> response is the wrong direction. Please *dumb it down* to the most
> basic, simplest, common concurrency patterns that programmers use
> and then write APIs to do those things that *hide the memory model
> for the programmer*.
> Adding documentation about all the possible things you could do,
> all the optimisations you could make, all the intricate, subtle
> variations you can use, etc is not helpful. It might be interesting
> to you, but I just want -somethign that works- and not have to
> understand the LKMM to get stuff done.
In principle, both can be included in the same document. Say, with the
more in-depth discussions relegated to specially marked-off sections
that readers are invited to skip if they aren't interested.
> Example: I know how smp_load_acquire() works. I know that I can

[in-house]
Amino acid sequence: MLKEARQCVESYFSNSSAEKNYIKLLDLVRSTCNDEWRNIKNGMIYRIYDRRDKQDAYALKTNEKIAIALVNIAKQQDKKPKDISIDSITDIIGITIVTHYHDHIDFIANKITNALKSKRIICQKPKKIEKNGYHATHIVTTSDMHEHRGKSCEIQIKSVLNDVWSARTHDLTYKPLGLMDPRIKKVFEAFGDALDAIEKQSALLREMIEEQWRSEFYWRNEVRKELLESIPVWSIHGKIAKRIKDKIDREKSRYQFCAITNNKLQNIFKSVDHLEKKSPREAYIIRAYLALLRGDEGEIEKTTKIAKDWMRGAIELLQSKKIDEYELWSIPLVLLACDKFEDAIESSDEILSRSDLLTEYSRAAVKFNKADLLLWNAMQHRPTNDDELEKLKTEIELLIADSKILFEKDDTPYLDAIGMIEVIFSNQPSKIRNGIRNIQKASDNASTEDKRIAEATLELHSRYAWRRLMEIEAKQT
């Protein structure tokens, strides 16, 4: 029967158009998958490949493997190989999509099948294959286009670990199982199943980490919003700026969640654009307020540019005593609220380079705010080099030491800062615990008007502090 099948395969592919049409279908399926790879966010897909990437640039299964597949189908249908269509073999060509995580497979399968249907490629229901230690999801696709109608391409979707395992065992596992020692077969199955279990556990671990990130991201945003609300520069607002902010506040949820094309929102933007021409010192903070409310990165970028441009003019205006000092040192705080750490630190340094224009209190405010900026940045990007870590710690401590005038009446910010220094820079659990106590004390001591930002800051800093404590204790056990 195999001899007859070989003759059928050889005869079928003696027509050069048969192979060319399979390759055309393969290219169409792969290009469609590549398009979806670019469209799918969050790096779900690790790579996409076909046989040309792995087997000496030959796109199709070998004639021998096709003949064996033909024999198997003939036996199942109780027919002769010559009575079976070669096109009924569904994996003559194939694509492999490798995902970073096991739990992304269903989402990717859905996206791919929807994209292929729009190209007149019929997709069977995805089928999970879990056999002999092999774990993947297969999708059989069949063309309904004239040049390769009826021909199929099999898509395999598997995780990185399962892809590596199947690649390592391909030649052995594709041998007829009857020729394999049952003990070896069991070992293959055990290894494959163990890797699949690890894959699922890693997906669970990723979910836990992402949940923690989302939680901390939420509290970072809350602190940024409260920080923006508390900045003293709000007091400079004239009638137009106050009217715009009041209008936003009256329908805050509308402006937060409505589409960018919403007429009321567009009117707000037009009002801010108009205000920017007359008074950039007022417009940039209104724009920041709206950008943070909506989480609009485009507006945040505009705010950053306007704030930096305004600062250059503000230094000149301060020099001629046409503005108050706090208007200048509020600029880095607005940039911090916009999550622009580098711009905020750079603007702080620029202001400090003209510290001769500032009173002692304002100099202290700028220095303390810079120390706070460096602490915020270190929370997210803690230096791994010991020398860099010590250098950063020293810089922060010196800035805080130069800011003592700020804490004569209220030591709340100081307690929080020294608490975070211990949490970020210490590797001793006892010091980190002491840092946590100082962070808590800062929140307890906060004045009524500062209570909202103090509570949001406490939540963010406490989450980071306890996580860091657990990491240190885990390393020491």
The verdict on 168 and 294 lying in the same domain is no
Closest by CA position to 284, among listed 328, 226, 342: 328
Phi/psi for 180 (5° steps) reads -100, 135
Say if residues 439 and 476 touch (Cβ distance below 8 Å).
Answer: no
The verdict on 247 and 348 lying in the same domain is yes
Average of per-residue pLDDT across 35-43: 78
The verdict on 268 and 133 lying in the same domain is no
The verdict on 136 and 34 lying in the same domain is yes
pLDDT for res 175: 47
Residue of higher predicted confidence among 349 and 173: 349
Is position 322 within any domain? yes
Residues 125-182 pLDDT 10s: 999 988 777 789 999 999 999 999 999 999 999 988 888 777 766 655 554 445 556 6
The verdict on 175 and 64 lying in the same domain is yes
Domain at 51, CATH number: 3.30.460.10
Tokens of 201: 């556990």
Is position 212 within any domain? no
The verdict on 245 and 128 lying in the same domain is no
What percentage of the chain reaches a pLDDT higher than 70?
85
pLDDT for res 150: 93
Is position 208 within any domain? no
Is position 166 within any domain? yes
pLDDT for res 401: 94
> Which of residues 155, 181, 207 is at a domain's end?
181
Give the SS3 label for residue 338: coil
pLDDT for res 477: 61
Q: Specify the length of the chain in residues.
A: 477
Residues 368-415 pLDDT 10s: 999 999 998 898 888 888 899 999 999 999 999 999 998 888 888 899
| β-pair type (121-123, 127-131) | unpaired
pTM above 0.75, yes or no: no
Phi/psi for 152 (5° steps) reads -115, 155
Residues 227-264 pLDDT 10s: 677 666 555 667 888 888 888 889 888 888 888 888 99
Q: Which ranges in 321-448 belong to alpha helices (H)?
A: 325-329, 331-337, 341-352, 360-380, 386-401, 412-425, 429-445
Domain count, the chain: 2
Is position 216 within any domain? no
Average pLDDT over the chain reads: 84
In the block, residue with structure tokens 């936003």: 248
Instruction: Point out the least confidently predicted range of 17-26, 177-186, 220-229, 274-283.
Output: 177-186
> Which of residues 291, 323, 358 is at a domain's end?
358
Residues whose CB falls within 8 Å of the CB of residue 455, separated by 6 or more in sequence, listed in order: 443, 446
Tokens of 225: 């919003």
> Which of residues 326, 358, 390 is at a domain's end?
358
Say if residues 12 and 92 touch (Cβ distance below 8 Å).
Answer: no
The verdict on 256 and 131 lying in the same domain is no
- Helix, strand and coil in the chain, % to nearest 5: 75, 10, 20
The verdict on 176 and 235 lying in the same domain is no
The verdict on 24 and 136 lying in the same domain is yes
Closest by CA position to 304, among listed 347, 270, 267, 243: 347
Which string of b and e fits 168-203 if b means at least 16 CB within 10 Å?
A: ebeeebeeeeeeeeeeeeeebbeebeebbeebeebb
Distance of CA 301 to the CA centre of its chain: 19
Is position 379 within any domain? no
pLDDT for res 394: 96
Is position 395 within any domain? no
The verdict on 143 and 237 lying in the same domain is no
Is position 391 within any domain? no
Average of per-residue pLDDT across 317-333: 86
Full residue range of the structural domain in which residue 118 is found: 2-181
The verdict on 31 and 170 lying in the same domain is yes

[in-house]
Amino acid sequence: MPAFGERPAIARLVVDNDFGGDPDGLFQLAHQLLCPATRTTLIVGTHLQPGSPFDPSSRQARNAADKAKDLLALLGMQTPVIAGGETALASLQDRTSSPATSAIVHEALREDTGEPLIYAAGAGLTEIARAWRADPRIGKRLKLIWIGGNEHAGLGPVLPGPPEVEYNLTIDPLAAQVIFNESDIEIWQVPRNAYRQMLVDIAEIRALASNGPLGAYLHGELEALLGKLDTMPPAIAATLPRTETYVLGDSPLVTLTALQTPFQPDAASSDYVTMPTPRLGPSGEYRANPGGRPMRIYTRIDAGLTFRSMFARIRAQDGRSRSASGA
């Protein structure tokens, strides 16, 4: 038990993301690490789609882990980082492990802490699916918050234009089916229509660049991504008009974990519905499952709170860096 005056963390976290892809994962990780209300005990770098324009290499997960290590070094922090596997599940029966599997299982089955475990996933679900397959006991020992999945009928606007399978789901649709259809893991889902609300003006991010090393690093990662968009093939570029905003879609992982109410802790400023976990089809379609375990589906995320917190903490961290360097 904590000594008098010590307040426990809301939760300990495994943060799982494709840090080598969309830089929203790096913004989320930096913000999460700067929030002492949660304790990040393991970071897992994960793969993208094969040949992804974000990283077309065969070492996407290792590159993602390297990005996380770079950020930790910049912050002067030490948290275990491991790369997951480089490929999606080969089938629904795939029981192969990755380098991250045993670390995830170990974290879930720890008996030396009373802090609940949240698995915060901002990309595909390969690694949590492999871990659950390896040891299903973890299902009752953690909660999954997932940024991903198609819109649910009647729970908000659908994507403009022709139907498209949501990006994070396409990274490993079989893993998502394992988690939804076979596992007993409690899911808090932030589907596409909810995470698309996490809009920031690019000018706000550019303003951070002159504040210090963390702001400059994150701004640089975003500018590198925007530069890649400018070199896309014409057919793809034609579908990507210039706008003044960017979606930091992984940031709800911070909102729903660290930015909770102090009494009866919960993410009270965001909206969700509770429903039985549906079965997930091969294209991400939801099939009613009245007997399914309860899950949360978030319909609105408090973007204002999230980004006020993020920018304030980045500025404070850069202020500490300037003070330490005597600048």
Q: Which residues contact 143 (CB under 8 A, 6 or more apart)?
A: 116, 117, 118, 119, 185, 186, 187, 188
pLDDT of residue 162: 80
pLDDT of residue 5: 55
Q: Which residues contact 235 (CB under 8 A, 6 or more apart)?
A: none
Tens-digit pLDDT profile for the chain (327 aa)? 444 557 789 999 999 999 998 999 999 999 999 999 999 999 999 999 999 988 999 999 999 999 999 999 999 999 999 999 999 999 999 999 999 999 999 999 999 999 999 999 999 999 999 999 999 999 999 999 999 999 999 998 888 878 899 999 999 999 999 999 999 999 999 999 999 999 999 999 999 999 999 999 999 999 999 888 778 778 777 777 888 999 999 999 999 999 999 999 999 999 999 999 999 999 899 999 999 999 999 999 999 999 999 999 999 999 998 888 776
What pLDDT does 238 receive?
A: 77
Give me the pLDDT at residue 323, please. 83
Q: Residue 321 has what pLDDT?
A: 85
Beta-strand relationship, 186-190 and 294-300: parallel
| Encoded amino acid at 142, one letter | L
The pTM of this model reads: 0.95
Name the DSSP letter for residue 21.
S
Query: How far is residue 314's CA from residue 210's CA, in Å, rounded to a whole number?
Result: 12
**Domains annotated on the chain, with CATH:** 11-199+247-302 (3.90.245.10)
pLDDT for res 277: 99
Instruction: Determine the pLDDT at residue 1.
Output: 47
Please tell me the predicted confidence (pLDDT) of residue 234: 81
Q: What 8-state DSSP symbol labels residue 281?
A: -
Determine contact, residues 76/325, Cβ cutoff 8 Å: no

> expect the same behavioural semantics from smp_cond_load_acquire().
> But I don't care how the implementation of smp_cond_load_acquire()
> is optimised to minimise ordering barriers as it spins. That sort of
> optimisation is your job, not mine - I just want a function that
> will spin safely until a specific value is seen and then return with
> acquire semantics on the successful load.....
> Can you see the difference between "understanding the LKMM
> documenation" vs "using a well defined API that provides commonly
> used functionality" to write correct, optimal code that needs to
> spin waiting for some other context to update a variable?
Certainly I can. Can't _you_ see the difference between a document that
helps people "understand the LKMM" and one that demonstrates "using a
well defined API that provides commonly used functionality"?
> That's the problem the LKMM documentation fails to address. It is
> written to explain the theory behind the LKMM rather than provide
> developers with pointers to the templates and APIs that implement